The Social Model of Disability

The Social Model of Disability underpins everything we do at WECIL.

People often think about disability in terms of “What’s wrong with you and how can we fix you?” If you can’t be fixed then you may not be able to take part in activities until a solution can be found to your ‘problem’. This is called the Medical Model of Disability.

Disabled people’s organisations think about disability in a different way. A person has an impairment or long-term health condition that affects how they carry out tasks in daily life. They have the right to take part fully in activities along with everyone else but the way that society is organised means that things that can get in the way and prevent them from doing so (what we call barriers). Society can be designed so that it does not disable people. This is called the Social Model of Disability. 

“Learning about the social model, and coming away from the blame culture of the medical model helped me to access the world more confidently. Being a wheelchair user and having an impairment isn’t my ‘fault’ – we should all be actively working to make the world more accessible.”

 – Imogen, WECIL client

Barriers for disabled people include:

  • Environmental barriers such as the way buildings, public spaces and transport systems are designed which mean disabled people can’t get into them or use them in the same way as everyone else.
  • Organisational barriers such as the way events, services or organisations are set up which mean that disabled people can’t access them or participate in them fully.
  • Attitudinal barriers such as stereotypes or prejudices, which assume that disabled people can’t make decisions for themselves or can’t do things when in fact they can.

If you ask “What can be done to remove barriers which prevent people from taking part in everyday life?” you are using Social Model thinking and being more inclusive.

Examples of Social Model thinking

Environmental barriers:

  • A wheelchair user wants to go to a music gig but there are steps into the venue.

The Medical Model says that the person’s physical ‘disability’ is stopping them from being able to walk up the stairs and enter.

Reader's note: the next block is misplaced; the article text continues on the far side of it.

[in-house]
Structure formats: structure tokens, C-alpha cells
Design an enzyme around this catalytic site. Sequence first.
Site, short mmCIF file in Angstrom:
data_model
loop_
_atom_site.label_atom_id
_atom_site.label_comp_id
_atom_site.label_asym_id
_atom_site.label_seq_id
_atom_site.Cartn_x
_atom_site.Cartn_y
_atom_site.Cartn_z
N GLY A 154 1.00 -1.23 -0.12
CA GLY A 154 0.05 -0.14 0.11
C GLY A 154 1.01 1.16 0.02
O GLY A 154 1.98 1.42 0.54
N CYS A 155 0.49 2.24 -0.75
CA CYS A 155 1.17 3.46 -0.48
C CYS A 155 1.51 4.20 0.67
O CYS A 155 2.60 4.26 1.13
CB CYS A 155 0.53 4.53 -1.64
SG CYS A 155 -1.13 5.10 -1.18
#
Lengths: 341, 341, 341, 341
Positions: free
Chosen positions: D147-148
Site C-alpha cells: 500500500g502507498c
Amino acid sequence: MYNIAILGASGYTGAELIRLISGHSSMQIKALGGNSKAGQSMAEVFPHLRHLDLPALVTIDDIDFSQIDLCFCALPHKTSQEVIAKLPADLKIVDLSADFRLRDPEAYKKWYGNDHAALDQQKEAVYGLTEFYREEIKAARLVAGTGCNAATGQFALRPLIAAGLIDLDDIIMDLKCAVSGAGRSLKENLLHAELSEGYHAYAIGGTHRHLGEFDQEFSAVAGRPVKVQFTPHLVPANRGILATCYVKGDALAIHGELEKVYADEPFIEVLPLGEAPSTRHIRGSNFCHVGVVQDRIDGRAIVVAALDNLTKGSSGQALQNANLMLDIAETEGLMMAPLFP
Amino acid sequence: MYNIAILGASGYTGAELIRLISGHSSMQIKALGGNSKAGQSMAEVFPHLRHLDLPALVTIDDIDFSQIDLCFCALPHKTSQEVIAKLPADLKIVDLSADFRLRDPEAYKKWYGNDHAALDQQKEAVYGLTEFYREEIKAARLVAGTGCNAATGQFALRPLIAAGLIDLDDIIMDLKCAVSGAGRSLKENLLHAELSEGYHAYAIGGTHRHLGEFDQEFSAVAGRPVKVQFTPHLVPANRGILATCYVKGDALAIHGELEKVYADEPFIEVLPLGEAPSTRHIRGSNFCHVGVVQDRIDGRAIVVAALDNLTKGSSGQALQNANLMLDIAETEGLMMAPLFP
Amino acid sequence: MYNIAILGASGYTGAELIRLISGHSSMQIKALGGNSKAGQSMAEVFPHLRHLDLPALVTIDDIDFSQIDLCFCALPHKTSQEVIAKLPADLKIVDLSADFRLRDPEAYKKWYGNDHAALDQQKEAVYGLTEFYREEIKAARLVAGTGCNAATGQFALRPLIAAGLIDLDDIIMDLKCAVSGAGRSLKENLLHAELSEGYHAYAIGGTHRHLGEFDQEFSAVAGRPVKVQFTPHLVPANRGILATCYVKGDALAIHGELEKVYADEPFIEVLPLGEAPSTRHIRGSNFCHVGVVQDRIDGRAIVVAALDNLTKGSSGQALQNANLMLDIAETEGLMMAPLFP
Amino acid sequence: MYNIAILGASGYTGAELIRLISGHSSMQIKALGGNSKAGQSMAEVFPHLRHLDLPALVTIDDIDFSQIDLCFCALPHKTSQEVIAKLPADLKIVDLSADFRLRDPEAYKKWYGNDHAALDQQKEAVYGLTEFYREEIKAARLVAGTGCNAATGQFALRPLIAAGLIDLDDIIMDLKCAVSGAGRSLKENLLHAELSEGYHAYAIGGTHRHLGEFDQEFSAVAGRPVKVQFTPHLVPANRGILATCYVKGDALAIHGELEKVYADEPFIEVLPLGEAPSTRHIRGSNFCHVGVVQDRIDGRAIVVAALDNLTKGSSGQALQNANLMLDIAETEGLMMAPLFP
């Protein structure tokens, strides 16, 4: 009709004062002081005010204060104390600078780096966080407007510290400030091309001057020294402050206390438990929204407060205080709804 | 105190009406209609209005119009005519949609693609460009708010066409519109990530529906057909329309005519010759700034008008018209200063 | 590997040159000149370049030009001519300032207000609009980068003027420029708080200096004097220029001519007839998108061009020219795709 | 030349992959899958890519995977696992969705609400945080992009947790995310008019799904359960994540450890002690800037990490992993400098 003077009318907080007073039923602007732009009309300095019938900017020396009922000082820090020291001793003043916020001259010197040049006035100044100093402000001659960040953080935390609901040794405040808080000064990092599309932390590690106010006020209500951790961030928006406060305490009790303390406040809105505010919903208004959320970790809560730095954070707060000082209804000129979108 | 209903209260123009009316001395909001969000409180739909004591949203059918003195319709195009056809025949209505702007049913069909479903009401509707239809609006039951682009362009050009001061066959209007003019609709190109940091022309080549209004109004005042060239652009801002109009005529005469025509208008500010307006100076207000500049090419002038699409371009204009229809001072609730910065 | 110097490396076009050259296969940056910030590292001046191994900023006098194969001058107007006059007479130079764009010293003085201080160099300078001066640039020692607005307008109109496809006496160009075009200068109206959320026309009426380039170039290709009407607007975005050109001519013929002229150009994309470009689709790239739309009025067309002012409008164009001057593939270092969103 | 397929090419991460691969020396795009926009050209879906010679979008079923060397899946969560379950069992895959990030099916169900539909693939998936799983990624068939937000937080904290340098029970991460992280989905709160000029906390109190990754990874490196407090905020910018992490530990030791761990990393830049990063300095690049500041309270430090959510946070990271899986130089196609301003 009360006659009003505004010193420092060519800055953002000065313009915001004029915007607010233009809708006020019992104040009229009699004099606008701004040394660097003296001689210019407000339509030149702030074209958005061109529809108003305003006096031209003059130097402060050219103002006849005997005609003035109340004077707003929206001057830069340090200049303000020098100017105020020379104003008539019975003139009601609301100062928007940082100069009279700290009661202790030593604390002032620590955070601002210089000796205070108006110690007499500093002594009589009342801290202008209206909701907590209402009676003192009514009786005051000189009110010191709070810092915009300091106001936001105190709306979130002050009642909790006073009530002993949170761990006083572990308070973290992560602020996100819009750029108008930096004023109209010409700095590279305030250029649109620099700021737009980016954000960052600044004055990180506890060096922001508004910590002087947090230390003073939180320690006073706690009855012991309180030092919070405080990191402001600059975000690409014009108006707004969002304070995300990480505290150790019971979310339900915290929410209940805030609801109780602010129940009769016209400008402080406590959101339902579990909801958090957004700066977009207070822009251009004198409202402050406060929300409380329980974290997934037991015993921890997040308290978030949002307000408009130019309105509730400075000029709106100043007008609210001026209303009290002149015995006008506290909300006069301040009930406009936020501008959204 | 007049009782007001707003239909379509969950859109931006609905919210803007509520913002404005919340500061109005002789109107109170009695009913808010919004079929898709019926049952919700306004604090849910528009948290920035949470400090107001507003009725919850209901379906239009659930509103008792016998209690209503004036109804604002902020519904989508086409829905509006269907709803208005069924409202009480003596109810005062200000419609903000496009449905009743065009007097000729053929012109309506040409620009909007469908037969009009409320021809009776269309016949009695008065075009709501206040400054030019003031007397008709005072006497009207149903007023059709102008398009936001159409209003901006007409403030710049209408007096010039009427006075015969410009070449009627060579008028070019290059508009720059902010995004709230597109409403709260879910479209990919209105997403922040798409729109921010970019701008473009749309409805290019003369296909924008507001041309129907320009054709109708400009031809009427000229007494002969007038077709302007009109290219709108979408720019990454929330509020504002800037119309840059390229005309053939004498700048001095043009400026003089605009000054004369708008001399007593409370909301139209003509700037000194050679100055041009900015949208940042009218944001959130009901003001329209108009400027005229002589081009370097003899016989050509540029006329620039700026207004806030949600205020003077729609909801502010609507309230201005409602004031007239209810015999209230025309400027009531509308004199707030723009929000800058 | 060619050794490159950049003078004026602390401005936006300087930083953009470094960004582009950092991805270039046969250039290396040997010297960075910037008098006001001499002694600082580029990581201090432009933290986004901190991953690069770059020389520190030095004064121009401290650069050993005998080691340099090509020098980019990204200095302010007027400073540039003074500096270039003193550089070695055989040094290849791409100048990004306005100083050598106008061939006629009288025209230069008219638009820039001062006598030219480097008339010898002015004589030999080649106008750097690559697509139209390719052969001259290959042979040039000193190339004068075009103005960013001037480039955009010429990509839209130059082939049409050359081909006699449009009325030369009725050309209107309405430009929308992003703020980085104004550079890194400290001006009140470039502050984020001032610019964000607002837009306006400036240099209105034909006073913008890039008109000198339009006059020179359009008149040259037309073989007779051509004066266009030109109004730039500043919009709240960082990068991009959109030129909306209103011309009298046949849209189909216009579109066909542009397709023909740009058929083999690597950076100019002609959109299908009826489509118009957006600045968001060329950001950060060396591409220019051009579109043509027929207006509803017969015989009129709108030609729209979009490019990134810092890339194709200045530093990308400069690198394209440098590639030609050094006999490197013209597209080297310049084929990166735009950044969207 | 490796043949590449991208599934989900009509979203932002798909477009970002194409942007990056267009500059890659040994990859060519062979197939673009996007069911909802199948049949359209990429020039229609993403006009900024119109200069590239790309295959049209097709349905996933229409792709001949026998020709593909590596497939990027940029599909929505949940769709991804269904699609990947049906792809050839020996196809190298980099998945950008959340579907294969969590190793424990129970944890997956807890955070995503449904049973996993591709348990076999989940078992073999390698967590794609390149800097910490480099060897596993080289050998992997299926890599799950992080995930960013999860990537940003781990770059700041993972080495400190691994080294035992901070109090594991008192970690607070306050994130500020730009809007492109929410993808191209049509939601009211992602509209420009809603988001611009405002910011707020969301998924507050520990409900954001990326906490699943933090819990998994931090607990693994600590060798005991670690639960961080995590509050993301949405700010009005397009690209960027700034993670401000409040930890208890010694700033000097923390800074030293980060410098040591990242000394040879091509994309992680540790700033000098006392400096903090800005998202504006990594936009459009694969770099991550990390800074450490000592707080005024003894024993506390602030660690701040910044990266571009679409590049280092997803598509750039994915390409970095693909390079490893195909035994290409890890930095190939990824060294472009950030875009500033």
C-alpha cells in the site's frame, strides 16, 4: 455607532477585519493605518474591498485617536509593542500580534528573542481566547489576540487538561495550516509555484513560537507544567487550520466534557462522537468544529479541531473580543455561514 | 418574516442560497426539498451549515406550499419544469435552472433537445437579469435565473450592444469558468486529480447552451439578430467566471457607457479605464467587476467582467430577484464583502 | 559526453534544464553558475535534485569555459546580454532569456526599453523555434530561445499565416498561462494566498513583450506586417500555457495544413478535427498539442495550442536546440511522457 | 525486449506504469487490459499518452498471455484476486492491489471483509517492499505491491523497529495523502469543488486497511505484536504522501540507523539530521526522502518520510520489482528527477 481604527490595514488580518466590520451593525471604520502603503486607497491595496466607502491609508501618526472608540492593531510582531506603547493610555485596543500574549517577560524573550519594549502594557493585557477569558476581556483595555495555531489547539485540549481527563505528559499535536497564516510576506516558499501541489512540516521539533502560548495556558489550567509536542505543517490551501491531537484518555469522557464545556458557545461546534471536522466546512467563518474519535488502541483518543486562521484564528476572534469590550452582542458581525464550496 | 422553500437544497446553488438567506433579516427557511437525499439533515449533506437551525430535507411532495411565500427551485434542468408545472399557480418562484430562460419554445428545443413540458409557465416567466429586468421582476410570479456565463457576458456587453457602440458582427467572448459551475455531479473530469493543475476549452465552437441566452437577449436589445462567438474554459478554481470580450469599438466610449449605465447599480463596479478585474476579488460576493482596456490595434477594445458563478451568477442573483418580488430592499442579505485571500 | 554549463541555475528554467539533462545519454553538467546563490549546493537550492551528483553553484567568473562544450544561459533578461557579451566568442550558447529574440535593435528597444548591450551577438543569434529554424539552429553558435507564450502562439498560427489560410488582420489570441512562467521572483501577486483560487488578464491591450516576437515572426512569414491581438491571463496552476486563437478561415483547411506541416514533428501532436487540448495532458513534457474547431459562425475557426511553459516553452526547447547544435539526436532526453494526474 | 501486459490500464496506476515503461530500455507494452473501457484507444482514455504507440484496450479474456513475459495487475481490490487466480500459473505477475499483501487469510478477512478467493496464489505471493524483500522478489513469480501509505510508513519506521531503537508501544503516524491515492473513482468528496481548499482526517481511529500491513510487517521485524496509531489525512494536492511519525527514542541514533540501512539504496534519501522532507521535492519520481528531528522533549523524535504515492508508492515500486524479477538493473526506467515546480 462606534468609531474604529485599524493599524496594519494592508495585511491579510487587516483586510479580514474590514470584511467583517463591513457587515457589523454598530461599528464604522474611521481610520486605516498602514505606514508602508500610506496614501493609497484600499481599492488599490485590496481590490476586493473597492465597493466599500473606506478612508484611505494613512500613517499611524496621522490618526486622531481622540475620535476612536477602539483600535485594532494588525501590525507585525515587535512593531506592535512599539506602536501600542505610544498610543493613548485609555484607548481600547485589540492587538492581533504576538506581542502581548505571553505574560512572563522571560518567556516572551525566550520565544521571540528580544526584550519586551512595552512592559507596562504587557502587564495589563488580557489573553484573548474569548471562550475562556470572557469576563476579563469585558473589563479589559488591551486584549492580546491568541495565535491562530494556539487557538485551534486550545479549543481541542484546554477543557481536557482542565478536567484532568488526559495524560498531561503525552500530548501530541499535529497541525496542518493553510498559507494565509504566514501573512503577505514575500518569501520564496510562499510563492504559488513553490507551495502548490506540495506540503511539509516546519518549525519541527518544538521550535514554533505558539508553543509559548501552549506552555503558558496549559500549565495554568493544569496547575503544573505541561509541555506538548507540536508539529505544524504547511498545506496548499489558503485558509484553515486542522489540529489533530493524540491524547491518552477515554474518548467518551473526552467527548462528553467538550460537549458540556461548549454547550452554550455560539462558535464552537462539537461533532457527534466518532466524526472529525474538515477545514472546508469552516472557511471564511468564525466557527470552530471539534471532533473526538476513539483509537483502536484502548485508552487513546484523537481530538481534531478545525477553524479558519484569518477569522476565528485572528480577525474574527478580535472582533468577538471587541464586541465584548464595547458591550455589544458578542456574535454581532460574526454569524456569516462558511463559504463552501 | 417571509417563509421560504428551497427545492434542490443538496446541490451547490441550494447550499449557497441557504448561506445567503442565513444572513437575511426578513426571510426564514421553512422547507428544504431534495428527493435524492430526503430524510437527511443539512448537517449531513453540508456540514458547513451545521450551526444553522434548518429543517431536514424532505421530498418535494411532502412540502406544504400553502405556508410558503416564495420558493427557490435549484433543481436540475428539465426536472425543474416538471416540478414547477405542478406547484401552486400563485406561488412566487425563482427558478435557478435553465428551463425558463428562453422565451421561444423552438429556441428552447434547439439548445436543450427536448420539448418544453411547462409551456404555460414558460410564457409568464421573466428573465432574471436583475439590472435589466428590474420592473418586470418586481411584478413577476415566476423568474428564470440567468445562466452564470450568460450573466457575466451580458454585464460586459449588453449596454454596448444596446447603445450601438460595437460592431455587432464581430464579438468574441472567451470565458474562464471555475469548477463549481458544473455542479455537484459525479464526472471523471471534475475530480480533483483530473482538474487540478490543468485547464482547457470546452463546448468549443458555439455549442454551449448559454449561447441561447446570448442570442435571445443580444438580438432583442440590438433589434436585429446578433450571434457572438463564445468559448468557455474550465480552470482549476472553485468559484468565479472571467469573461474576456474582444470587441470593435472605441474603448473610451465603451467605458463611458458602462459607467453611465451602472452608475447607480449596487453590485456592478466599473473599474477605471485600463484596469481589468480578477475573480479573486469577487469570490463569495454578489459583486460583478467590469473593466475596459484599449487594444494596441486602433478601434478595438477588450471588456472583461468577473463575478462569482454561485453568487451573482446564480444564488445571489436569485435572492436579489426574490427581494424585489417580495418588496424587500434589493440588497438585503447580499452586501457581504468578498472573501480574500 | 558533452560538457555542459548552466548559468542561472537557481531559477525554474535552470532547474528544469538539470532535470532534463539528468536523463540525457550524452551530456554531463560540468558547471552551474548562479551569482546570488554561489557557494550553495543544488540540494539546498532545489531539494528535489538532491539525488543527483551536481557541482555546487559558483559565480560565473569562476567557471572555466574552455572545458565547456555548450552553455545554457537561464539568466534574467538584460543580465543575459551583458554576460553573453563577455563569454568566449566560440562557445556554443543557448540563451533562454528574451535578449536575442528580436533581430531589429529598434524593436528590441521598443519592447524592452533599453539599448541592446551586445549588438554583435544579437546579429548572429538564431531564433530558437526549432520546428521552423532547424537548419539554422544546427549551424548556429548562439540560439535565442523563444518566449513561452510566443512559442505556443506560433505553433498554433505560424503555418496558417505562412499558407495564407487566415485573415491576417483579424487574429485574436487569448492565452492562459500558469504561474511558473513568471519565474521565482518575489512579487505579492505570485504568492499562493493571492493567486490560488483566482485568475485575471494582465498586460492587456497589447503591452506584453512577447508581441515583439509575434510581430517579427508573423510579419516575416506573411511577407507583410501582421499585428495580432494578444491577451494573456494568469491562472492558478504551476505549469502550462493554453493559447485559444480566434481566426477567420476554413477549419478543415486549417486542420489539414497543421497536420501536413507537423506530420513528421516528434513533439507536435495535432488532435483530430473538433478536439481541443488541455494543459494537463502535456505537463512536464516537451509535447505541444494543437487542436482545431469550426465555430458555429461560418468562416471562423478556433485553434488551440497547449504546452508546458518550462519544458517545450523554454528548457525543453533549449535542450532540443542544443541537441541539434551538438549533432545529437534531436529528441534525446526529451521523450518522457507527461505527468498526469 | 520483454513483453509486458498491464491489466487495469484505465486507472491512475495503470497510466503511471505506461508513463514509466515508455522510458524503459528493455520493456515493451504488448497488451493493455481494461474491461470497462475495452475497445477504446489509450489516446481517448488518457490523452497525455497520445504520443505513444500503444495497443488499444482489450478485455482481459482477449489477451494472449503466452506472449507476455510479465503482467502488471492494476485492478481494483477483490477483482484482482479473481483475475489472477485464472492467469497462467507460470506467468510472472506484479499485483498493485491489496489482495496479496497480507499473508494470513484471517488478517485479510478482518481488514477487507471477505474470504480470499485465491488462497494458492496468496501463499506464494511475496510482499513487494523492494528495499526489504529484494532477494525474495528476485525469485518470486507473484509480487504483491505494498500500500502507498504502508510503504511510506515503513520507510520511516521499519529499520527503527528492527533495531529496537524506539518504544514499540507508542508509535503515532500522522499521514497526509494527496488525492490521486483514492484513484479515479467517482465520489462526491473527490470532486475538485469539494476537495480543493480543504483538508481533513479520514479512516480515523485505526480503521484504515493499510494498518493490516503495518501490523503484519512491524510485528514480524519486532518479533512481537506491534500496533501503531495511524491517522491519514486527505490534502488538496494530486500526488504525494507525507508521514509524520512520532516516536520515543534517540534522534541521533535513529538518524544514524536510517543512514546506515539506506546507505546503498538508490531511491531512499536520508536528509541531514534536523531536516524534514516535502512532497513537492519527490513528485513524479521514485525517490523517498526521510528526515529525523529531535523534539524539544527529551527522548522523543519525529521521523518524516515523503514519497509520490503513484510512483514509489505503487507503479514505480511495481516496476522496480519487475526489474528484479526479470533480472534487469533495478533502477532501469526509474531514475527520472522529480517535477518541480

The Social Model says that, if a ramp was provided, the person would be able to enter the building and go to the concert along with everyone else. So, it’s actually society that is ‘dis-abling’ that person by not having something in place that would enable them to do that.

Organisational barriers:

  • A visually impaired person wants to take part in a survey being run by their local parish council but the survey form is only available on paper in a small font.

The Social Model says that providing the documents in a different way, such as electronically or in a larger font, enables the person to access the information and have an equal opportunity to express their views.

Attitudinal barriers:

  • A person with a fluctuating health condition wants to apply for a job but the employer assumes they are likely to take a lot of sick leave.

The Social Model says that putting reasonable adjustments in place, such as a flexible working pattern, will enable the person to carry out the role and contribute their skills whilst at the same time managing their condition.

The language we use

You’ll notice we use the term ‘disabled person’ instead of ‘person with disabilities’. This is because we are thinking of a person being ‘disabled’ by society, rather than the person’s ‘disabilities’ being the problem.

We do describe disabled people as having impairments. An impairment is defined as long-term limitation of a person’s physical, mental or sensory function.

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